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Darlene Caldwell has spent a lifetime tending the estate known as Sycamores. She cared for a husband and raised two children in the spacious house, and now that she’s a widow and grandmother, she enjoys hosting the Peculiar Quilting Club and the Ladies Book Club in her living room. Friends call her the “Southern Martha Stewart,” and Darlene relishes her expertise in all things domestic. She may own only one-third of the estate, but she sees Sycamores as a kingdom where she reigns as queen . . . until her lime-light stealing twin sister unexpectedly returns.
Carlene Caldwell, veteran of the Broadway stage, is devastated when she realizes that an unsuccessful throat surgery spells the end of her musical career. Searching for a new purpose in her life, she retreats to the home she and her sisters have inherited—Sycamores, a spacious estate in north Florida, five miles from the heart of a little town called Peculiar. She may not be able to sing like she used to, but she hopes to use her knowledge and experience to create a new life in the place she once called home.
Haunted by a tragic romance, Magnolia Caldwell is the youngest of the Caldwell girls, and though she’s never lived anywhere but Sycamores, Nolie inhabits a world of her own. Innocent and nurturing, she spends her days caring for her dogs and the magnificent gardens she’s created on the five-acre estate. When she meets a man haunted by troubles of his own, she develops feelings for him, but they cannot have a future unless she cuts the apron strings that keep her tied to the dear and familiar.
Can these three sisters reach an understanding and discover who they are meant to be now that life is leading them down a different path? Three different women, with three opposite temperaments, reunite in a season of destiny and take an unexpected journey of the heart.
The problem with turning fifty, Darlene Young philosophized as she sank into a rocker on the front porch, was that the dog days of summer and hot flashes didn’t cancel each other out. Weren’t two negatives supposed to make a positive?
She pulled a tattered Japanese fan from her apron pocket and opened it, then frantically thrashed at the hot air. The porch lay in deep shade, but beyond it simmered a sun-spangled garden where roses nodded their heads and sunflowers followed the blazing torch in the sky. Nolie was staking the top-heavy gladiolas while her dogs, Lucy and Ricky, romped across the wide lawn stretching beside the mile-long driveway.
Darlene frowned at the lawn. The grass looked to be ankle-deep, and Nolie didn’t like to ride the tractor mower—the big machine probably intimidated her. Darlene would cut the lawn herself, but in this heat, she’d have to cut it either before sunup or after sundown, and she didn’t want to risk running over a possum or armadillo in the half-light.
“Lawn needs mowin’,” she called, trusting that Nolie could hear her above the sound of the barking dogs. “Do you think we could get Henry to find a boy in town to come out and take care of it?”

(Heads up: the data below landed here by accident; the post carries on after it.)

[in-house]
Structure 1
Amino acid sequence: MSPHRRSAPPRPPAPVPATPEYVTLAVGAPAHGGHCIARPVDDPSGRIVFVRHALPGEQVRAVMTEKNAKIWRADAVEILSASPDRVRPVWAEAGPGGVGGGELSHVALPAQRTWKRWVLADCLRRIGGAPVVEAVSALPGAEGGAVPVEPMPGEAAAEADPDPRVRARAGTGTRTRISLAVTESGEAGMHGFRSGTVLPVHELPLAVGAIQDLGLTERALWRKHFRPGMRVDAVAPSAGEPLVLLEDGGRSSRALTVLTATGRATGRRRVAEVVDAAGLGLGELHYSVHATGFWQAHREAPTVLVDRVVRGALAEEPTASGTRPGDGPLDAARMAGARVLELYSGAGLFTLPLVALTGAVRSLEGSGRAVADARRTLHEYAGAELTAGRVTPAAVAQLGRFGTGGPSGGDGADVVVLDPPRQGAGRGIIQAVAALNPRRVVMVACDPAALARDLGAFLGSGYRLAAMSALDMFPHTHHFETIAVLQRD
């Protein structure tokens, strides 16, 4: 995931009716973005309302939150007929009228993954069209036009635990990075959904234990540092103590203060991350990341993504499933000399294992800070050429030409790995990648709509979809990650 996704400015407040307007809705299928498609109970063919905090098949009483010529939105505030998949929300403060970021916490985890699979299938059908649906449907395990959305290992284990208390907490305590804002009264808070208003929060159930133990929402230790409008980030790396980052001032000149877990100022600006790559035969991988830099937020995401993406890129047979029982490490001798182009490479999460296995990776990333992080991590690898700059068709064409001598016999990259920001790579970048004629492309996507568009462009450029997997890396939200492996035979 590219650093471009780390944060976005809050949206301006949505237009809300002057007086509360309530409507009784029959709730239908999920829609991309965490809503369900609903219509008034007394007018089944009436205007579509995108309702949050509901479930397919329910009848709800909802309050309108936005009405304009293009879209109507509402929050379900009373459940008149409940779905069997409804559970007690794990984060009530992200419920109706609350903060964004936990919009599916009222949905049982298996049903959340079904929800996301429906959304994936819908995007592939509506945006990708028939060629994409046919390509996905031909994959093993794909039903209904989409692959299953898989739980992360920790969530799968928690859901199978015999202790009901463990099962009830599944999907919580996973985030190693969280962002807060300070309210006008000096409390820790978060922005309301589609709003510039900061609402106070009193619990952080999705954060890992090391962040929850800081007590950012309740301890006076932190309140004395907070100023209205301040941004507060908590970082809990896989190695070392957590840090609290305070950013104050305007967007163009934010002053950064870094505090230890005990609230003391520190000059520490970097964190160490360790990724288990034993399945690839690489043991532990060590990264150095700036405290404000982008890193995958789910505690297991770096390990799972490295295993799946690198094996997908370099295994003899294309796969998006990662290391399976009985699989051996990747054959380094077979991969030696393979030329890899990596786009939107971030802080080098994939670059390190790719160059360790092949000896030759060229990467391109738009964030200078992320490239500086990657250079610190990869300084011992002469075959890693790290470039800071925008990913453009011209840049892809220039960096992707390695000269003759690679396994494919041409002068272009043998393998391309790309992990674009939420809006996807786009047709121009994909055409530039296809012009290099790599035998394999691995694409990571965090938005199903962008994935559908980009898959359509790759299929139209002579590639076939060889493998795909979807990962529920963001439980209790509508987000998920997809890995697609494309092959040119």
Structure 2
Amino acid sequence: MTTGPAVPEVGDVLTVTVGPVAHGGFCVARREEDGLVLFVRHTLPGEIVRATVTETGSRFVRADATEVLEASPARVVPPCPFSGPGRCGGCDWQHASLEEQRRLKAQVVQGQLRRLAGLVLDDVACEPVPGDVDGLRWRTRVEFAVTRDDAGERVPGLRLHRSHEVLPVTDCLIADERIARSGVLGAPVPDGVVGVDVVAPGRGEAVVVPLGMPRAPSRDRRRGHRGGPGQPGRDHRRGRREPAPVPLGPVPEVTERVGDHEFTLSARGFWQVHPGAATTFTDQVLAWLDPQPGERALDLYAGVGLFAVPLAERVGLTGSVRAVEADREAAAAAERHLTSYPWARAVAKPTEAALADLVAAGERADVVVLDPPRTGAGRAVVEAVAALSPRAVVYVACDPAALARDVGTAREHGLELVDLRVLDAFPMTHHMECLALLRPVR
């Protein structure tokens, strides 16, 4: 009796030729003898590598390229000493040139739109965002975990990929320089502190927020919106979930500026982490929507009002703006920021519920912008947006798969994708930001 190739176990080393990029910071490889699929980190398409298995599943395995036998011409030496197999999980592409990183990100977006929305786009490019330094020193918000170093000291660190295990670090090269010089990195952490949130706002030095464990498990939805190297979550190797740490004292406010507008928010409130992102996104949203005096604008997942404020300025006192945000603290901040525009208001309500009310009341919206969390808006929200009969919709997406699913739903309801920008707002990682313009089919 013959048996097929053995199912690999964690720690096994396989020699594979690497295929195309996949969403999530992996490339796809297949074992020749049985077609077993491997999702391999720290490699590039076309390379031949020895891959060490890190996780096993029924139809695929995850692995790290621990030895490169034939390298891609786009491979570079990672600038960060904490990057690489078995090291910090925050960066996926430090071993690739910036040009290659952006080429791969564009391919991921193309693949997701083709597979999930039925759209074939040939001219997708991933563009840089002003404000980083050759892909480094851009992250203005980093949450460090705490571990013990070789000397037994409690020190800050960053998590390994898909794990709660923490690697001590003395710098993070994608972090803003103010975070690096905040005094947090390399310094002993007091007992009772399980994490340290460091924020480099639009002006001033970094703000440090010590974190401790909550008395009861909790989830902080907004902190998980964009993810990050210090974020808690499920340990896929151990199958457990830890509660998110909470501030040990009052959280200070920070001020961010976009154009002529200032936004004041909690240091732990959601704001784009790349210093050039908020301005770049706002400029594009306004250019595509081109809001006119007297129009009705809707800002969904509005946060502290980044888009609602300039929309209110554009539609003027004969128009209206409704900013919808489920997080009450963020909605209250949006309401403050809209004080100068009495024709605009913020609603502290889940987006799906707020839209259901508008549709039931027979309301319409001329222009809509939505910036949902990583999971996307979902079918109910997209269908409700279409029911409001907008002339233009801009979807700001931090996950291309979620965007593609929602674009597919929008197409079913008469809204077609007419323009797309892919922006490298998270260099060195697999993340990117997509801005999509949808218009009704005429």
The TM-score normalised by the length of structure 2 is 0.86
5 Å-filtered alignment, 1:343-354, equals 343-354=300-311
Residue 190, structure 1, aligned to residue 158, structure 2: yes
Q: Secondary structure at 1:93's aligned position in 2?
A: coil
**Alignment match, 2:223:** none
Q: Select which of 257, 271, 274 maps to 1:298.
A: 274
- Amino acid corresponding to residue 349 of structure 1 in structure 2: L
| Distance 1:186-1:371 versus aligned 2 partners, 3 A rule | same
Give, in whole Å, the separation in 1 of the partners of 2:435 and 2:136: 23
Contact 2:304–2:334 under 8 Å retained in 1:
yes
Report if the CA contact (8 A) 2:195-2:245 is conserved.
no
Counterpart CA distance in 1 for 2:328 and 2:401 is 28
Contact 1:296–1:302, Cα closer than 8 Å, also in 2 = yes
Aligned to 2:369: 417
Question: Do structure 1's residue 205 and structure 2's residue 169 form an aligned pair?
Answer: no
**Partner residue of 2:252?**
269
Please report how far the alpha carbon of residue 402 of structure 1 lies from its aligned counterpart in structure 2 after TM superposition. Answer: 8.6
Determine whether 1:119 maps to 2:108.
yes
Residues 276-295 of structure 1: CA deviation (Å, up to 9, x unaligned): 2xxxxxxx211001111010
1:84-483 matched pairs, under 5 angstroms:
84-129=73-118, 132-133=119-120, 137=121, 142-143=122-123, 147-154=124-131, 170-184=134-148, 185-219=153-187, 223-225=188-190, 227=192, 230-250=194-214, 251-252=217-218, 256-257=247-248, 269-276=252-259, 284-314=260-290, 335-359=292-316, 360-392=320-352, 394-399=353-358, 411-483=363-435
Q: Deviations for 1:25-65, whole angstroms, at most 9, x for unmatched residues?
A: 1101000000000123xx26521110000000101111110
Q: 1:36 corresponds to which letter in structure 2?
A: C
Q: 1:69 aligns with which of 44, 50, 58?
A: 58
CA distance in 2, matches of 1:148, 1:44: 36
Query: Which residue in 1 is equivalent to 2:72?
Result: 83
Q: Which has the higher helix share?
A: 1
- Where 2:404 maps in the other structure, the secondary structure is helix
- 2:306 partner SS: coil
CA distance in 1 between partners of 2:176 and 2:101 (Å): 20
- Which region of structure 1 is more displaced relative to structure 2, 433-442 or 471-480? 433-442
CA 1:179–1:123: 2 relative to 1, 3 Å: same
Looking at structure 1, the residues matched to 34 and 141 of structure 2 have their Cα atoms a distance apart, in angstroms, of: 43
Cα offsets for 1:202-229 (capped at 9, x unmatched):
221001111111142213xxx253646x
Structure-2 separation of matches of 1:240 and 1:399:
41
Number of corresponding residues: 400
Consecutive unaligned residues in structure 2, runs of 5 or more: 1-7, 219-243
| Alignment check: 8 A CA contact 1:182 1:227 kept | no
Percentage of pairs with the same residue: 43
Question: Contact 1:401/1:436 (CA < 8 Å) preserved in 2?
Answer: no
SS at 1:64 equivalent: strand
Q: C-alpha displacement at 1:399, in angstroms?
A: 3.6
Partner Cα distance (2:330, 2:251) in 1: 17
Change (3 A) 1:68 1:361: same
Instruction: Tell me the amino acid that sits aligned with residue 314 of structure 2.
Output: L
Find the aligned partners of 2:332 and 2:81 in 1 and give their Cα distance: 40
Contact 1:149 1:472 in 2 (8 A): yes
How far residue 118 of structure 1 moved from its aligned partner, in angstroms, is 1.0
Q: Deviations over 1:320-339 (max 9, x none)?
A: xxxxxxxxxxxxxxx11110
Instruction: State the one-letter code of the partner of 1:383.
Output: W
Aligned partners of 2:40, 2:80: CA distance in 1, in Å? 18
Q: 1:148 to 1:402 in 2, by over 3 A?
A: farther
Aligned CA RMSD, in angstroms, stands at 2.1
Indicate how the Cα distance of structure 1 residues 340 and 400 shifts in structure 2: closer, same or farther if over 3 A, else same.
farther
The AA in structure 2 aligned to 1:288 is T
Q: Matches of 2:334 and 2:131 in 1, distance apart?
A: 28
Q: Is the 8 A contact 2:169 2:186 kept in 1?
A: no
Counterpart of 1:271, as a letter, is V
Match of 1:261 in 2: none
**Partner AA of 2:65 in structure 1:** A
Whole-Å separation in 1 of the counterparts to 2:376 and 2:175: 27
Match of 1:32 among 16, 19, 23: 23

Nolie looked up, her eyes shaded by the wide brim of her straw hat. “Didn’t we just cut it?”
“Been nearly two weeks.” Darlene fanned herself again. “Your dogs are gonna be itchin’ if the grass gets too long. We won’t be able to keep the fleas off ‘em, and I’m not gonna put up with fleas in the house again.”
Nolie turned, the hot breeze ruffling her long over-the-head apron as she watched the dogs play. “You’d better call Henry, then,” she yelled, picking up her gardening basket. “Ask if he can find someone regular.”
“Only till the heat passes. Might as well save the money and do it ourselves once the weather cools down a bit.”
Nolie waved in silent agreement as she followed the dogs and walked toward the driveway.
Darlene propped her hand on her chin and watched her baby sister move away. Oh, to be young and carefree again. Though Nolie had just celebrated her fortieth birthday, she was still a child in many ways. She’d never been married, never raised children, never been widowed . . .
Darlene straightened as an unfamiliar sound reached her ear. A red pick-up truck was rattling down the gravel drive, its bed loaded like a gypsy’s and covered with a bright blue tarp. Nolie slowed as the truck approached, then the driver stopped and lowered his passenger window.
A sudden chill climbed the chinks of Darlene’s spine as she stood and walked to the edge of the porch. This was how every crime show on TV began—some suspicious vehicle stopped beside an innocent woman while the driver asked about a child’s birthday party or which way to the police station. But this road led to this house and nowhere else, so the stranger had either made a wrong turn or he was about to kidnap one of the Caldwell women.
Darlene clenched her teeth. “Don’t you get in that truck, Nolie.”
As if she heard and wanted to disobey, Nolie stepped over the shallow drainage ditch at the side of the drive and approached the vehicle. She reached for the door handle, stepped up into the cab, and slammed the door.
Darlene stood in hypnotized horror. If that truck raised dust in a sudden u-turn, she was calling the sheriff and raising an alarm—
But the truck continued toward the house, its giant tires making soft popping sounds as it rolled over the gravel. Darlene pressed her lips together, then stepped inside the foyer, where Daddy’s shotgun waited.
The stranger in the truck might not intend to harm them, but when two women lived alone five miles south of the only town within half an hour’s drive, Darlene would rather be safe than sorry.
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